Donald Trump

Intel chiefs won’t say if Trump asked them to intervene in investigations

ABC News reported this evening,

Director of National Intelligence Dan Coats, National Security Agency Director Mike Rogers, Acting FBI Director Andrew McCabe and Deputy Attorney General Rod Rosenstein appeared today before the Senate Intelligence Committee for a hearing on the Foreign Intelligence Surveillance Act (FISA).

But questions from the panel turned to former FBI Director James Comey, the FBI’s investigation into Russia interference in the 2016 election and whether President Trump asked two top intelligence officials to intervene in the investigation….

National Security Agency Director Adm. Mike Rogers and Director of National Intelligence Dan Coats said they would not discuss the specifics of their conversations with President Trump and whether they were approached by the president to intervene in the FBI’s Russia investigation.

“I don’t believe it’s appropriate for me to address that in a public session,” Coats said in response to questioning by the committee’s ranking Democratic member Mark Warner, D-Va.

Rogers said he would also not comment on the conversations he may or may not have had with President Trump.

55eb9958bd7d041b-2048x1024

Sen. August King (D-Maine), Dan Coats, the Director of National Intelligence, Adm. Mike Rogers, NSA Director 

The Washington Post reported June 6th that Coats told associates a different story.

The nation’s top intelligence official told associates in March that President Trump asked him if he could intervene with then-FBI Director James B. Comey to get the bureau to back off its focus on former national security adviser Michael Flynn in its Russia probe, according to officials.

On March 22, less than a week after being confirmed by the Senate, Director of National Intelligence Daniel Coats attended a briefing at the White House together with officials from several government agencies. As the briefing was wrapping up, Trump asked everyone to leave the room except for Coats and CIA Director Mike Pompeo.

The president then started complaining about the FBI investigation and Comey’s handling of it, said officials familiar with the account Coats gave to associates. Two days earlier, Comey had confirmed in a congressional hearing that the bureau was probing whether Trump’s campaign coordinated with Russia during the 2016 race.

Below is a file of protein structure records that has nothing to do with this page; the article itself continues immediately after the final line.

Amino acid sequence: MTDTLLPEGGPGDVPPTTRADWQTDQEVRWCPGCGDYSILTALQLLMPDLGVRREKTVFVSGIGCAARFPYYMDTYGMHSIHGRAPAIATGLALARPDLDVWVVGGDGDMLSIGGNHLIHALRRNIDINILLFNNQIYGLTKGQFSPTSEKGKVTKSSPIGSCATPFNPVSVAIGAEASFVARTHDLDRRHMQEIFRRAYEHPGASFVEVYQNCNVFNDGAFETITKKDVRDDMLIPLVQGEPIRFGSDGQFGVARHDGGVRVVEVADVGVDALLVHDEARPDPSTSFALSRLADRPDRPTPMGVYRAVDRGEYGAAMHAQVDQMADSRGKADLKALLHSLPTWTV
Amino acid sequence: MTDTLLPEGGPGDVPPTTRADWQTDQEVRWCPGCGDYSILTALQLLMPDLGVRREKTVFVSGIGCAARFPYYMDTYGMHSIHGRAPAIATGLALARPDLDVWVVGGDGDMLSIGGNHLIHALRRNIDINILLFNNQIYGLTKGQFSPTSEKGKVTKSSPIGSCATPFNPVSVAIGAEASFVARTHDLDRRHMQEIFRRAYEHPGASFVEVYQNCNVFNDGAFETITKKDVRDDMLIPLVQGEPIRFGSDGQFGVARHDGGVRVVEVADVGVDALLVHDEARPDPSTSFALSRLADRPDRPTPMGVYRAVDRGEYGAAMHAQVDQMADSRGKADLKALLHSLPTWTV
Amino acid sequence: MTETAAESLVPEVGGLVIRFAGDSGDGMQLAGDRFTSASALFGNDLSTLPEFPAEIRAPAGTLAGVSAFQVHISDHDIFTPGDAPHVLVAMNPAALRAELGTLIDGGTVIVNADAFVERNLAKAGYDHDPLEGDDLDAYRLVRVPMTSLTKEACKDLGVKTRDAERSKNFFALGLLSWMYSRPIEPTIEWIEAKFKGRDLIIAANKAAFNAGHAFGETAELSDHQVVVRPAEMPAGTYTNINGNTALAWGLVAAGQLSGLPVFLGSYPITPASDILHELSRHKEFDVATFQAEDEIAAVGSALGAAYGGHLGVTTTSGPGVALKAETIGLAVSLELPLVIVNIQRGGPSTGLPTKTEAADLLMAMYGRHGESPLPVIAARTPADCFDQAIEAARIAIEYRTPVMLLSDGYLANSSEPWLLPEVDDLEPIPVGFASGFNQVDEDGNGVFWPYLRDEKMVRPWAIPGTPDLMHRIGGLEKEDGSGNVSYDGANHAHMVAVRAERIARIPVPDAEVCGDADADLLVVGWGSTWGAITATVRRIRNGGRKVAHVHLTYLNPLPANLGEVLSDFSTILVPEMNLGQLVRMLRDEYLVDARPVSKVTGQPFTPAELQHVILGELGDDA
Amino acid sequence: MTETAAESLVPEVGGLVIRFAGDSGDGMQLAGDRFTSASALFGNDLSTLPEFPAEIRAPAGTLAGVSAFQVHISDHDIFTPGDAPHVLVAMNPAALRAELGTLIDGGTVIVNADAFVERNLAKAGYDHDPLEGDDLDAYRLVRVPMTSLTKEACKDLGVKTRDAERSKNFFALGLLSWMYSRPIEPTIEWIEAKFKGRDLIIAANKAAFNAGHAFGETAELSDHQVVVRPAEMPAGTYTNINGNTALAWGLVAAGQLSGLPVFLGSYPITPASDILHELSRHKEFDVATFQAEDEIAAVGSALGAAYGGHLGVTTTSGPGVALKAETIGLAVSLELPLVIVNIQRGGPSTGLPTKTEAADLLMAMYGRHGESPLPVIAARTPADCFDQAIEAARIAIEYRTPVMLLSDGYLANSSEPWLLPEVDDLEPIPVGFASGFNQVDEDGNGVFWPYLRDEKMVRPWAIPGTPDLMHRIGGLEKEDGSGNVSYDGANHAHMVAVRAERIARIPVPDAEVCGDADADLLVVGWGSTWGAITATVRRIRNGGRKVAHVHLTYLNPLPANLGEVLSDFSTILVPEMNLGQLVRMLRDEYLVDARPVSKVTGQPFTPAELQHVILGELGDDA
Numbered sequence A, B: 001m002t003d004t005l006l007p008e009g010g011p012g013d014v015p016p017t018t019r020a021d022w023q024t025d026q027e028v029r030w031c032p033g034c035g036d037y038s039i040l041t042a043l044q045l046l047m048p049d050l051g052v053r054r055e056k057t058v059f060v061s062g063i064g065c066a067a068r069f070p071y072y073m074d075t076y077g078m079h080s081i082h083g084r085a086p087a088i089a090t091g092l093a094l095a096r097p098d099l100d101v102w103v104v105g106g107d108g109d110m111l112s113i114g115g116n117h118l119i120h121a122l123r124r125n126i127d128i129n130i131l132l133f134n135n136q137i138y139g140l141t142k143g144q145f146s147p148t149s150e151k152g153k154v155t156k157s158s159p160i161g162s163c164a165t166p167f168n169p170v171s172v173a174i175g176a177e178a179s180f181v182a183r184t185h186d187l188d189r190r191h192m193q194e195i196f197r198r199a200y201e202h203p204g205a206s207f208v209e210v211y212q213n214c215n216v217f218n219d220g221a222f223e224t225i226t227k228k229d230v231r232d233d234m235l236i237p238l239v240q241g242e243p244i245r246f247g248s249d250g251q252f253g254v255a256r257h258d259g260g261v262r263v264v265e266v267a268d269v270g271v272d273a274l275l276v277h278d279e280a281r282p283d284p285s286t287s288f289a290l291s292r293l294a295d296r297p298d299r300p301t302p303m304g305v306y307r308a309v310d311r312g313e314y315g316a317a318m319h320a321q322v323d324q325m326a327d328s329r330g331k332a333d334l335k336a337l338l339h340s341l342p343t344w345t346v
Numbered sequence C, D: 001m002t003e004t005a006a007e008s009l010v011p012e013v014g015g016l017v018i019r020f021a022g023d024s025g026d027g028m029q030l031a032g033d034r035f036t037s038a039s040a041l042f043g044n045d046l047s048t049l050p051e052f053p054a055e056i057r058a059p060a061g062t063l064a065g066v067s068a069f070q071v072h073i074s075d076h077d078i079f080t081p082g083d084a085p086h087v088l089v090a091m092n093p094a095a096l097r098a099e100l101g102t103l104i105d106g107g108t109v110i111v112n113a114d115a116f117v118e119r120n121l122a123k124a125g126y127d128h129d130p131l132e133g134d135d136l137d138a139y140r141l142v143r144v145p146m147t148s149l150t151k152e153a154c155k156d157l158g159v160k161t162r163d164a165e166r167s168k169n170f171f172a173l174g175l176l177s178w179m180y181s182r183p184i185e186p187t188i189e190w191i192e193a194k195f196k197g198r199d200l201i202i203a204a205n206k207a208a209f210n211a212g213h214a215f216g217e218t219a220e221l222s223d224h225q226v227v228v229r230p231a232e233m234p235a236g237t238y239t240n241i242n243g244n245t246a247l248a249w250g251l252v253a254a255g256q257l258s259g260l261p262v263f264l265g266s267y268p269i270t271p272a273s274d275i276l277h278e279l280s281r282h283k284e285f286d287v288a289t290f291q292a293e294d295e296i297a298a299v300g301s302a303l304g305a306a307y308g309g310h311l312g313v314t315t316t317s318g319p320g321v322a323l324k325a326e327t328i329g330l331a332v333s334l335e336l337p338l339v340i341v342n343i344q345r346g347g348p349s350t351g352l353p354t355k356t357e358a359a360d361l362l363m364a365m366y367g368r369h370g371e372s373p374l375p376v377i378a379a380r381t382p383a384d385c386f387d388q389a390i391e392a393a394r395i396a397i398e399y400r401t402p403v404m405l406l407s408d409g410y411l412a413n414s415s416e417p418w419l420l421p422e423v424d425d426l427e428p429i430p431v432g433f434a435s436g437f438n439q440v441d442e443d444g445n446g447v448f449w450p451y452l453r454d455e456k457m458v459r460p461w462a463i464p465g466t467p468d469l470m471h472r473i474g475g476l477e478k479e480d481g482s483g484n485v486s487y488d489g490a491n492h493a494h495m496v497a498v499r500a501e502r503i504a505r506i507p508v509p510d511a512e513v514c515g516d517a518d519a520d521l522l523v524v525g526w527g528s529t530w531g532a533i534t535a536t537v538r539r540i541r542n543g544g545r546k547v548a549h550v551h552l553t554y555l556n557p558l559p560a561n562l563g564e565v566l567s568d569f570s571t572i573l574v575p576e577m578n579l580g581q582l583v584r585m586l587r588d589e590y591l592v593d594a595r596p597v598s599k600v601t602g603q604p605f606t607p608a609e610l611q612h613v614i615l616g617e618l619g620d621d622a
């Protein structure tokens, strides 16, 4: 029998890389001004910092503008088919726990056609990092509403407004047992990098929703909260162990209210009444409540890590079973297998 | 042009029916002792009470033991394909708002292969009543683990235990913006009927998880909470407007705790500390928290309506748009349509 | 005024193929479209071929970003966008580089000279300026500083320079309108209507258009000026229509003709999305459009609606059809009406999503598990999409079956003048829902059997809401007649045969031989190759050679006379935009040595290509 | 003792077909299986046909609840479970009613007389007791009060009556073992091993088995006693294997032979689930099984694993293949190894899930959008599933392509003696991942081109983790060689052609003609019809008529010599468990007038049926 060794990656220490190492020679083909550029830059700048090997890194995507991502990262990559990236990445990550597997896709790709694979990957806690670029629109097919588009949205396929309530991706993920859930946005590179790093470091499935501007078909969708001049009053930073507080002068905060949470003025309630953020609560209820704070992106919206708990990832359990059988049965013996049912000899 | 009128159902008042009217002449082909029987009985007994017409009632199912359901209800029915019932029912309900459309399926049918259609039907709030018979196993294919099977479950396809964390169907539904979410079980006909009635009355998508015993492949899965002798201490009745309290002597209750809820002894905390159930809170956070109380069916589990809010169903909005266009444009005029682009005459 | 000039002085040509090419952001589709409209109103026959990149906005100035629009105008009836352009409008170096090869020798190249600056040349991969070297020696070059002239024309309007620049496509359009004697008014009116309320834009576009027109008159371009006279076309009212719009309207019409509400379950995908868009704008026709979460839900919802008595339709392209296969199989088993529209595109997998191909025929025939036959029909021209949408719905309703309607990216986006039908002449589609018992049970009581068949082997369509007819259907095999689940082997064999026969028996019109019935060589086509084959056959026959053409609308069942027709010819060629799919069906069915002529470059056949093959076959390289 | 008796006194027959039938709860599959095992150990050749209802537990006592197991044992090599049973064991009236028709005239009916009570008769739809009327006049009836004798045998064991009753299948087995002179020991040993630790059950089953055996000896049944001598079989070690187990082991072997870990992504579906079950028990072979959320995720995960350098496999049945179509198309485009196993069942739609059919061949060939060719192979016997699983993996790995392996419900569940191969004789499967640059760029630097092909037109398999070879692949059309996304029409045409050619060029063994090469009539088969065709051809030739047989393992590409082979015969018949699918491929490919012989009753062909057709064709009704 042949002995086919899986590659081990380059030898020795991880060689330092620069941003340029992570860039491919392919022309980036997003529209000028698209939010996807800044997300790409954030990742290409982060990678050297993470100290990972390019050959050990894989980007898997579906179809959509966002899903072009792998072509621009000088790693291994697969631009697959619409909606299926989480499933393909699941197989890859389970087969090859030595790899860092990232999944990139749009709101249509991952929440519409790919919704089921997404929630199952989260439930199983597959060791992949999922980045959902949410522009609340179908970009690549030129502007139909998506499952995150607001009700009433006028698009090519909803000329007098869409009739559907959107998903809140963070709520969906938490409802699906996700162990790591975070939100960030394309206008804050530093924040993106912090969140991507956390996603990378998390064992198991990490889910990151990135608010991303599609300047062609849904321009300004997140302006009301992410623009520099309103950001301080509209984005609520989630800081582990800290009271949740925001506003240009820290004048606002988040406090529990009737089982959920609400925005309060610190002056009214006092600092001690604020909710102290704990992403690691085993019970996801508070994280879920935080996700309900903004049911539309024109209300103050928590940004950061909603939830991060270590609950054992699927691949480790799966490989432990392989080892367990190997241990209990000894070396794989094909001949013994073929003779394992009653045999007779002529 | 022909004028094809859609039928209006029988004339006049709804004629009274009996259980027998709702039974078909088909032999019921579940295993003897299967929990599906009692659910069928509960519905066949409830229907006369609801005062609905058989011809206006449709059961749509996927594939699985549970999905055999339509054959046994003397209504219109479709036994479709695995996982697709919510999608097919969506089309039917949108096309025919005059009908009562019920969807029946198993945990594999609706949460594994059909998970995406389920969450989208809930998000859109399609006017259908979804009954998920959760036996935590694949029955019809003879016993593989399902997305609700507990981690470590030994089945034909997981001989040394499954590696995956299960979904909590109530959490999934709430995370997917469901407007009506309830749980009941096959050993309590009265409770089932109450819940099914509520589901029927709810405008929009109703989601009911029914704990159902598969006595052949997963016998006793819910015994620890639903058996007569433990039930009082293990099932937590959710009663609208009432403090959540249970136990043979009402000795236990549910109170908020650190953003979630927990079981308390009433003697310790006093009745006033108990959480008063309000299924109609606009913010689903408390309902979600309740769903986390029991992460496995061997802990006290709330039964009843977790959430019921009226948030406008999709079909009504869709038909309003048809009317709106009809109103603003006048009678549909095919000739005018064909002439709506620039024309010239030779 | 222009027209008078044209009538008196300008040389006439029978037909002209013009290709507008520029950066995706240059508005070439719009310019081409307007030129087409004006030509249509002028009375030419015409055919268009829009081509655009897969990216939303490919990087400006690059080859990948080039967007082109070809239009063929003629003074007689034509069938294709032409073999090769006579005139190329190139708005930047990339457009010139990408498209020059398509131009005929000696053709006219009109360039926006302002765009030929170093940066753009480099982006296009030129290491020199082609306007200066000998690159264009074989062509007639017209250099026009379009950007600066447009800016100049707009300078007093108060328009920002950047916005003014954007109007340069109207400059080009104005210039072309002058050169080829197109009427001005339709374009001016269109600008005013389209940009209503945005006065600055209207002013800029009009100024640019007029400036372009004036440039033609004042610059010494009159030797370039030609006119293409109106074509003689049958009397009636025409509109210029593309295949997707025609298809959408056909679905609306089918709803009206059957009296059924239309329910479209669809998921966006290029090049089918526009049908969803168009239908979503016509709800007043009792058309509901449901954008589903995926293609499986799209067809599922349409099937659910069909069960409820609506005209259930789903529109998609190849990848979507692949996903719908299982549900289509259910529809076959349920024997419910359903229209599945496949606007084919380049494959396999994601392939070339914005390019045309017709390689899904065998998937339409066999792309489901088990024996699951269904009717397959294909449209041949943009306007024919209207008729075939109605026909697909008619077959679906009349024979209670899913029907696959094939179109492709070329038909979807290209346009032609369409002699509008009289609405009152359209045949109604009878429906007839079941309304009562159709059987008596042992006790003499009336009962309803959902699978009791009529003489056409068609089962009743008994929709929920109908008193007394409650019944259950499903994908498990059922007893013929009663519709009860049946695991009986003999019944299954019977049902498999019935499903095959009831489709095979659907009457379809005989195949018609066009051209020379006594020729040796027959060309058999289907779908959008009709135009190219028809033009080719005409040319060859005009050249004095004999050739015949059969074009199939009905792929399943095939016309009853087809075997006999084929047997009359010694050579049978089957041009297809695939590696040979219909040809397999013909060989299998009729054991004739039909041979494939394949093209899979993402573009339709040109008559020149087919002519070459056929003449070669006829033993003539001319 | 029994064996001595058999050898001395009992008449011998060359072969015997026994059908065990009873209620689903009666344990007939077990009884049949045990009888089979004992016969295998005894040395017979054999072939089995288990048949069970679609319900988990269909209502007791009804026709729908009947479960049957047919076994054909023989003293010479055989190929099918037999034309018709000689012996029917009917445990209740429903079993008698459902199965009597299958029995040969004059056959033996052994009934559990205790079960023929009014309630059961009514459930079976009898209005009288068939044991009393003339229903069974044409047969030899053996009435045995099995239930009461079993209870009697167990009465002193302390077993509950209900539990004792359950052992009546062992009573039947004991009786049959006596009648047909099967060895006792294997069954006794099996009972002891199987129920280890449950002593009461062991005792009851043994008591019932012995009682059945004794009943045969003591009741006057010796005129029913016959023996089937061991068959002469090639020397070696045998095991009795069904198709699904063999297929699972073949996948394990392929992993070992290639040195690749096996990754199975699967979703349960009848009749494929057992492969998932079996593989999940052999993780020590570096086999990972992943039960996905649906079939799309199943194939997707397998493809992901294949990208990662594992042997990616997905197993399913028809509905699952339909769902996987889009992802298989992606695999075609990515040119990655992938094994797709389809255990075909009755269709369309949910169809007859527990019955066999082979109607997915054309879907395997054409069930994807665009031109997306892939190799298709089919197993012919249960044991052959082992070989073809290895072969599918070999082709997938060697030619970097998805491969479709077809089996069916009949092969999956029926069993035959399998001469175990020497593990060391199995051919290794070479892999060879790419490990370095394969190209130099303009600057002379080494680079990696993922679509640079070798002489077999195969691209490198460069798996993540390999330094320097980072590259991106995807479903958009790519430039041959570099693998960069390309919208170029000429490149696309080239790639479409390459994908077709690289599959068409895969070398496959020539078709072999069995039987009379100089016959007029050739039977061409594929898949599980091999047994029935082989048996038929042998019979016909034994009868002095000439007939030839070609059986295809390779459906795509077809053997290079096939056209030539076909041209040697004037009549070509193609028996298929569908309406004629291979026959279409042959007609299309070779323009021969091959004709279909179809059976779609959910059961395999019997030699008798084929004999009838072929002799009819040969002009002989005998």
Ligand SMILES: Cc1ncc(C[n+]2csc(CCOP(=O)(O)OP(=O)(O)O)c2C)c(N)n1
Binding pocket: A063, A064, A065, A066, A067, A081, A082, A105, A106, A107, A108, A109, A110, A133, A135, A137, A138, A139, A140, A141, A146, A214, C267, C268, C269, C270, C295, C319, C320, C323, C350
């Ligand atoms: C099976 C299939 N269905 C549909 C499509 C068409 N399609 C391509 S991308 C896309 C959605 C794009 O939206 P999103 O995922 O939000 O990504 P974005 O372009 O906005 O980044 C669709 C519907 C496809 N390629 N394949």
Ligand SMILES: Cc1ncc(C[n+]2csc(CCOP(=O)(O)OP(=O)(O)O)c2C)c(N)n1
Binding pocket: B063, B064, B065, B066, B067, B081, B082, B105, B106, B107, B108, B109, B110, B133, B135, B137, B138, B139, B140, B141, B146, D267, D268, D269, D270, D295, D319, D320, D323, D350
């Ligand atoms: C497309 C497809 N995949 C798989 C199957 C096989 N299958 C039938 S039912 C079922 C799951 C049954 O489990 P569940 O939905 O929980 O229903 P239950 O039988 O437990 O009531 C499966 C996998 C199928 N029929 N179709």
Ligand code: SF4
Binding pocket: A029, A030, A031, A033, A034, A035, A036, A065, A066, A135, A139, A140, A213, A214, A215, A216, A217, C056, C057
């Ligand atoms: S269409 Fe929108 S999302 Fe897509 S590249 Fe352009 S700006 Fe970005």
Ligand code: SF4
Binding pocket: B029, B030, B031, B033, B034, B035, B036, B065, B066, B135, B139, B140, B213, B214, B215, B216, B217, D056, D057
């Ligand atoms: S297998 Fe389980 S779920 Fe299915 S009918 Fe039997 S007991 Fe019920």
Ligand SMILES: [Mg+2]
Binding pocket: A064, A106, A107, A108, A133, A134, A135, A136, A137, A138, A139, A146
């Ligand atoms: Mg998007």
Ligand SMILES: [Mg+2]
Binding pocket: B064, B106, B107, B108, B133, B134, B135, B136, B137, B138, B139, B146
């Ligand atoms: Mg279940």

After the encounter, Coats discussed the conversation with other officials and decided that intervening with Comey as Trump had suggested would be inappropriate, according to officials who spoke on condition of anonymity to discuss sensitive internal matters.

A story in The New York Times today gives us some idea of what Coasts and Rogers are doing.  The story focuses on Comey’s written testimony for the Senate Intelligence committee.

WASHINGTON — From his first days in office, President Trump repeatedly put pressure on his F.B.I. director, James B. Comey. He demanded loyalty. He asked that an investigation into an adviser be dropped. And he implored Mr. Comey to publicly clear his name.

As Mr. Comey described Wednesday in written testimony prepared for the Senate Intelligence Committee, Mr. Trump’s entreaties continued for months, in unexpected phone calls and awkward meetings. As Mr. Comey’s discomfort grew, so did the president’s persistence and his frustration with Mr. Comey’s unwillingness to help.

Mr. Trump fired Mr. Comey last month, and his account offered an extraordinary back story, one that unfolded with cinematic detail, terse dialogue and tense moments across a White House dinner table.

When Comey didn’t give Trump loyalty and drop the investigation of Flynn, he was fired.  His testimony provides evidence that when Coats, Rogers and Rosenstein refused to answer questions today from the Senate Intelligence Committee they were trying to keep their jobs.

Leave a Reply

Fill in your details below or click an icon to log in:

WordPress.com Logo

You are commenting using your WordPress.com account. Log Out / Change )

Twitter picture

You are commenting using your Twitter account. Log Out / Change )

Facebook photo

You are commenting using your Facebook account. Log Out / Change )

Google+ photo

You are commenting using your Google+ account. Log Out / Change )

Connecting to %s